On seeing the bridge I found myself calculating how to get across it. I wanted to walk across to check out the Hudson River, but I’d been on many of these narrow cantilever bridges in my day. I couldn’t imagine getting over nearly a mile of such an enclosed structure while dodging cars by squeezing on the side of the decking.

Matters worsened when I got close enough to realize the bridge was a toll bridge, meaning booths with officials that would surely report a backpacker taking off on foot in front of traffic.

But then my heart sang. I got close enough to discover this mighty structure, built to let wheels roll over water, included a walkway — an isolated path all on its own, running on the outside of the superstructure that held the road.

My heart was even happier to discover the toll for walking was free!

I found myself fascinated with several things about crossing Hudson River on the Rip Van Winkle Bridge —

First was how far above the river the bridge is. It crosses from above the bluffs beside the river, not over the river itself.

Second is how big the Hudson River is! Wow.

And, third, how green the Hudson Rover Valley is. Rivers are green in the desert West, but only along a few feet of their banks. Here all was lush.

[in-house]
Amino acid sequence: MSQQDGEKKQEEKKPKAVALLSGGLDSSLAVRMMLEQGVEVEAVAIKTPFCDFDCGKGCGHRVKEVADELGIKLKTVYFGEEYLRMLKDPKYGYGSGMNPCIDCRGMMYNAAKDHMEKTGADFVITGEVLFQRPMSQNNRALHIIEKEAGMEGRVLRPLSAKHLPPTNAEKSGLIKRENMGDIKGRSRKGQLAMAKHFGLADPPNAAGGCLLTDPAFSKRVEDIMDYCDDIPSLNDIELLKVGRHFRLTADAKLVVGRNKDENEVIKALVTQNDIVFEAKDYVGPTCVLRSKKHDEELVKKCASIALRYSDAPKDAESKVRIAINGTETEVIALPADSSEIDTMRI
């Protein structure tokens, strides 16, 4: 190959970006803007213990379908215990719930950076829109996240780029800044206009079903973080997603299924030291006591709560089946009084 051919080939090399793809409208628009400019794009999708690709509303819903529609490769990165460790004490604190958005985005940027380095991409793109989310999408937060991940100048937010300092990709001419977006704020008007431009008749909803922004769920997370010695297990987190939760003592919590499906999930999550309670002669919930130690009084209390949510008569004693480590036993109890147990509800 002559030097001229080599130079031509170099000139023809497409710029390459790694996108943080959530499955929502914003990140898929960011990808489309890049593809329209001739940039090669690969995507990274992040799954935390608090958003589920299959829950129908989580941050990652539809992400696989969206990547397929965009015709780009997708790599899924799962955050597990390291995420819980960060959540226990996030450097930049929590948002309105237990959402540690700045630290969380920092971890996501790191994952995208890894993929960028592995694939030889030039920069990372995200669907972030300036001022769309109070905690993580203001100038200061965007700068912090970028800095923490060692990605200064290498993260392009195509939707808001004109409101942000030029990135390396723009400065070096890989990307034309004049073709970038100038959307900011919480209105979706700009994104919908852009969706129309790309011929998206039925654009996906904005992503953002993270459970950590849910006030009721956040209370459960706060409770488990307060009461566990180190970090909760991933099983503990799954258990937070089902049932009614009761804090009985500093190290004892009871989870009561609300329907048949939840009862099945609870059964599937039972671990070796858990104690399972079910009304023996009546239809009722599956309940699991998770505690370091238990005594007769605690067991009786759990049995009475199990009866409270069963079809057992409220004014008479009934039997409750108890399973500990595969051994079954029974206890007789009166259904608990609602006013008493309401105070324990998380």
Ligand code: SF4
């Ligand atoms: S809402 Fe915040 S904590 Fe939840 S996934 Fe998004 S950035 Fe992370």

My greatest fascination while walking across the Rip Van Winkle Bridge I’ll get to in my next blog.


More about the Rip Van Winkle Bridge—

(information from Wikipedia)

• Built by the newly-formed New York Bridge Authority in 1935

• Carries NY Highway 23

• From Catskill on the west to Hudson on the east

• Original cost: $2.4 million (inflation adjusted, $41.3 million)

• ship clearance: 145 feet, a 14-story building

• 5,040 feet long

• Lead paint removed and repainted in 2009

• Includes a separated walkway on the downriver side, closed at night

• Bikes can use the traffic lanes or walkway

• 1935 toll for cars: 80¢ + 10¢ per person up to $1

• 1935 toll adjusted for inflation: car, $13.76 / person, $1.72 / max, $17.20

• Actual 2015 toll for cars: $1.50 / $1.25 with pass

• No toll for walkway

• Yes, it is named after Washington Irving’s short story